1. The stock market is a snapshot in the short-run and a weighing machine in the long-run. Every academic study we’ve seen shows that cheap stocks outperform over the long-run. Our portfolio has the largest discount to the S&P 500 Index it has had in at least five years. It is not as cheap on an absolute basis as four to six years ago. This tells you more about relative performance than absolute returns.
  1. Ben Inker's research at GMO shows that companies with strong balance sheets, high and sustainable profitability and low earnings volatility add alpha over long stretches of time. We emphasize these characteristics via our eight criteria for stock selection.

The challenge in outperforming the S&P 500 over the next ten years and winning the tug of war is not much different than it has ever been. First, valuation matters dearly. We must build a portfolio which we believe is a bargain relative to the indexes. Common stocks which are cheap in comparison to earnings, free cash flow and intrinsic value have proven to outperform over the long term.

Second, we must keep our activity down. Warren Buffett likes to say that excitement and expenses are the enemy of a portfolio. We must never be envious of those who prosper in glamorous, exciting and trendy securities. Instead, we should focus on patiently holding meritorious businesses and skip paying expenses associated with trading costs. There are many ways to skin a cat and pull on the rope, but we must stick to our discipline.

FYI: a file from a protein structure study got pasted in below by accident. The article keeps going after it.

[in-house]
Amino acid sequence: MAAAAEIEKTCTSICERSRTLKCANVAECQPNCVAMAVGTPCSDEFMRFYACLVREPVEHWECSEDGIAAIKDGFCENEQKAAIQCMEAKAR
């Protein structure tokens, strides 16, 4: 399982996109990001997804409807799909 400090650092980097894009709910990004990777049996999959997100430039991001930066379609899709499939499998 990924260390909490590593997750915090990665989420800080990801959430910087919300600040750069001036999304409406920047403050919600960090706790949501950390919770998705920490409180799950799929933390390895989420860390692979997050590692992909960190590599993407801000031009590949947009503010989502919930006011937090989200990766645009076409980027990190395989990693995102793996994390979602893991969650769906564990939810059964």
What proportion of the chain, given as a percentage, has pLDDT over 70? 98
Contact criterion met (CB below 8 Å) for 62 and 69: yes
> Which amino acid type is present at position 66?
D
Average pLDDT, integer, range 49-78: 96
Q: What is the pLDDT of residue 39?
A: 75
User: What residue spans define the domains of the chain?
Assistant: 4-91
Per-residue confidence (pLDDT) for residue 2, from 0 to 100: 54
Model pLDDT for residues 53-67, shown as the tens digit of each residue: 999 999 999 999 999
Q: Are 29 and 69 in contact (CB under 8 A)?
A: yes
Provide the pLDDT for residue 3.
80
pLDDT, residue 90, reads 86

Third, we must have high quality securities for sitting through the rough patches, particularly when it seems like we are being pulled into the mud. If we add our screening for qualitative factors to making the purchases of our common shares when they are more attractive on a forward price-to-earnings basis relative to other common stocks, we give our portfolio an academic double whammy. It’s like having everyone on our end of the rope on steroids. The history of our discipline indicates that above-average quality common stocks purchased and owned at below-average prices will be rewarded in long-duration time frames.

Lastly, we must have a vision of the best micro-economic opportunities we see in the next five years and avoid the risks which aren't recognized by crowds pulling on the other end of the rope. Portfolio construction dictates that we should build our portfolio weightings around companies which meet our eight criteria and fit that vision. This could make them pull very hard on the rope with strength and authority.

In all truth, we can never know whether the US stock market will get pulled into the mud or not. A bear stock market historically happens about once every five years. However, we have a great deal of confidence that our portfolio will do well over the next ten years, as we pull on our end of the rope for you. Thank you for your confidence and trust.

1 The Wall Street Journal http://blogs.wsj.com/economics/2016/06/07/behind-the-ongoing-u-s-baby-bust-in-5-charts/